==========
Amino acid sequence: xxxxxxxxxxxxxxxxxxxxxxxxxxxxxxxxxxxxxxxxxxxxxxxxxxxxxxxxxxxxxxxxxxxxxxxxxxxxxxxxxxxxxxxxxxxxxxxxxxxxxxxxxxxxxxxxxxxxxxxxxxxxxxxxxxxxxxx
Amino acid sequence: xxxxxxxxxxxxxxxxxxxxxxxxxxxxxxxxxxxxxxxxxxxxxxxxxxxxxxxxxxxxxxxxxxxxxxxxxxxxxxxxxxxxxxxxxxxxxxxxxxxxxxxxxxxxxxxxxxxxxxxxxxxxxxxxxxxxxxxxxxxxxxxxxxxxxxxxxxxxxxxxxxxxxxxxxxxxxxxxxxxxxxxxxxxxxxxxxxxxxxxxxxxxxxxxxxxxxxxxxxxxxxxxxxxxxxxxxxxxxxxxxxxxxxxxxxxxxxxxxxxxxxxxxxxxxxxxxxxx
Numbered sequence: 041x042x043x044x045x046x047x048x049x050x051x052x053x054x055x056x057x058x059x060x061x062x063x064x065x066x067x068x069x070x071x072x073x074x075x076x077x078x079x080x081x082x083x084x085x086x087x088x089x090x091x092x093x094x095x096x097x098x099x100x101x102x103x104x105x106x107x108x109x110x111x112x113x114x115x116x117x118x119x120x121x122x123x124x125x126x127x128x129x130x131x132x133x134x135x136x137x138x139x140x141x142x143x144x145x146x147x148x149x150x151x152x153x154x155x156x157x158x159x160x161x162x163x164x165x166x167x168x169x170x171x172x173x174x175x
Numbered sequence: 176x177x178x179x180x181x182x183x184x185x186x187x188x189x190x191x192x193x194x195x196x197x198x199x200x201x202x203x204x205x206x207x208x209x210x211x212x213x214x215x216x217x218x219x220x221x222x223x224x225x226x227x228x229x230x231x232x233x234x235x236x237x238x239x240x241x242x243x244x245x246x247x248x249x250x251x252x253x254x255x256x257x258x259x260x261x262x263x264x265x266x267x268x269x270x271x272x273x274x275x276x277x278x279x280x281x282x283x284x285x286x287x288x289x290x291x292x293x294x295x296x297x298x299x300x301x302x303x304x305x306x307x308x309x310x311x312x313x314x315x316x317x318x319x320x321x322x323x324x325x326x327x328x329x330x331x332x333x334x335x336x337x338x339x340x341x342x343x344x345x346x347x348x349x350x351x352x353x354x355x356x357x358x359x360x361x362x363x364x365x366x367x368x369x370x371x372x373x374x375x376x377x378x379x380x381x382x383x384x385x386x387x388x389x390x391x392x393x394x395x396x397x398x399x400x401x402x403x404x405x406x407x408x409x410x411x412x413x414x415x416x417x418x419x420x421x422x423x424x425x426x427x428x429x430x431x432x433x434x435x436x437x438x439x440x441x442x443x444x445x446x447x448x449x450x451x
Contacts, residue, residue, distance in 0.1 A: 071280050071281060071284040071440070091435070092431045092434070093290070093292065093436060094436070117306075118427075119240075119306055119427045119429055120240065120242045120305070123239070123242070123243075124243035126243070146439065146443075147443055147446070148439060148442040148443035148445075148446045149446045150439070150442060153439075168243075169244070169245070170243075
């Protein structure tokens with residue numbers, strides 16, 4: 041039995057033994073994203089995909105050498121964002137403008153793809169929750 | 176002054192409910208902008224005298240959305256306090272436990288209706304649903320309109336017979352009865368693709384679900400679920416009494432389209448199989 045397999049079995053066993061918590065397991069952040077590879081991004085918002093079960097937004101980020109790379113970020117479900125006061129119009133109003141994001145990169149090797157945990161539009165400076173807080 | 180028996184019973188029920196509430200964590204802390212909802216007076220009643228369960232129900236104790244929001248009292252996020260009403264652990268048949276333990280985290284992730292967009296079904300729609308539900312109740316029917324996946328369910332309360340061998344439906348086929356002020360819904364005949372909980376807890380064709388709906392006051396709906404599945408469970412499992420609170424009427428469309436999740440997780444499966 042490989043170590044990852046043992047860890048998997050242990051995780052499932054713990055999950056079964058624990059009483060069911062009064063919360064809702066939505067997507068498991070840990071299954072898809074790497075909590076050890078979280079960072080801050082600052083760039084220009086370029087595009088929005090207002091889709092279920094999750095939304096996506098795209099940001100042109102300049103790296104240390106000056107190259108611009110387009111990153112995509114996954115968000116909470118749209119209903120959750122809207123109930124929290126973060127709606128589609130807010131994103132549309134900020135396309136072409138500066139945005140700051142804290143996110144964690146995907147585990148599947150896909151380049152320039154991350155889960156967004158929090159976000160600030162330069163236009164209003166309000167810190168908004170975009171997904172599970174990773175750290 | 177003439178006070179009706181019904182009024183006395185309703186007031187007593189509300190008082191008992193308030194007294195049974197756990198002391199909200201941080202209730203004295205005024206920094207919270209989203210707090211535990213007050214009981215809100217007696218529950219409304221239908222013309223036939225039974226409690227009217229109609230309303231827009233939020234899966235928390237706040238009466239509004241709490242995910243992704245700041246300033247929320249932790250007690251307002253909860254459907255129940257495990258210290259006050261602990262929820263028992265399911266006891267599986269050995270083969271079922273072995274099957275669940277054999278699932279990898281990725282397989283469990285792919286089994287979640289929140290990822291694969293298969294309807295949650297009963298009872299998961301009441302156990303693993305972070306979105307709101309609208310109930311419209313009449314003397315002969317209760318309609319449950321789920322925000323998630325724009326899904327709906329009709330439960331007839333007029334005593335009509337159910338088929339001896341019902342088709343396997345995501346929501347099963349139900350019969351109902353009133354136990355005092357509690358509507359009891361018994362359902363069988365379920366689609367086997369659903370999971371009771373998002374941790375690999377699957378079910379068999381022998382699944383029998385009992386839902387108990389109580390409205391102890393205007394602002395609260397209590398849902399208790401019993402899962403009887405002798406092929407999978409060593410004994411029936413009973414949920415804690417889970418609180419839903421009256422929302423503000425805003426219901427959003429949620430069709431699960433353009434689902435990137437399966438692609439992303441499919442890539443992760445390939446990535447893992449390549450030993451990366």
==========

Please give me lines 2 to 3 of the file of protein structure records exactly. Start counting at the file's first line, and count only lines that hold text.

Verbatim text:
Amino acid sequence: xxxxxxxxxxxxxxxxxxxxxxxxxxxxxxxxxxxxxxxxxxxxxxxxxxxxxxxxxxxxxxxxxxxxxxxxxxxxxxxxxxxxxxxxxxxxxxxxxxxxxxxxxxxxxxxxxxxxxxxxxxxxxxxxxxxxxxxxxxxxxxxxxxxxxxxxxxxxxxxxxxxxxxxxxxxxxxxxxxxxxxxxxxxxxxxxxxxxxxxxxxxxxxxxxxxxxxxxxxxxxxxxxxxxxxxxxxxxxxxxxxxxxxxxxxxxxxxxxxxxxxxxxxxxxxxxxxxx
Numbered sequence: 041x042x043x044x045x046x047x048x049x050x051x052x053x054x055x056x057x058x059x060x061x062x063x064x065x066x067x068x069x070x071x072x073x074x075x076x077x078x079x080x081x082x083x084x085x086x087x088x089x090x091x092x093x094x095x096x097x098x099x100x101x102x103x104x105x106x107x108x109x110x111x112x113x114x115x116x117x118x119x120x121x122x123x124x125x126x127x128x129x130x131x132x133x134x135x136x137x138x139x140x141x142x143x144x145x146x147x148x149x150x151x152x153x154x155x156x157x158x159x160x161x162x163x164x165x166x167x168x169x170x171x172x173x174x175x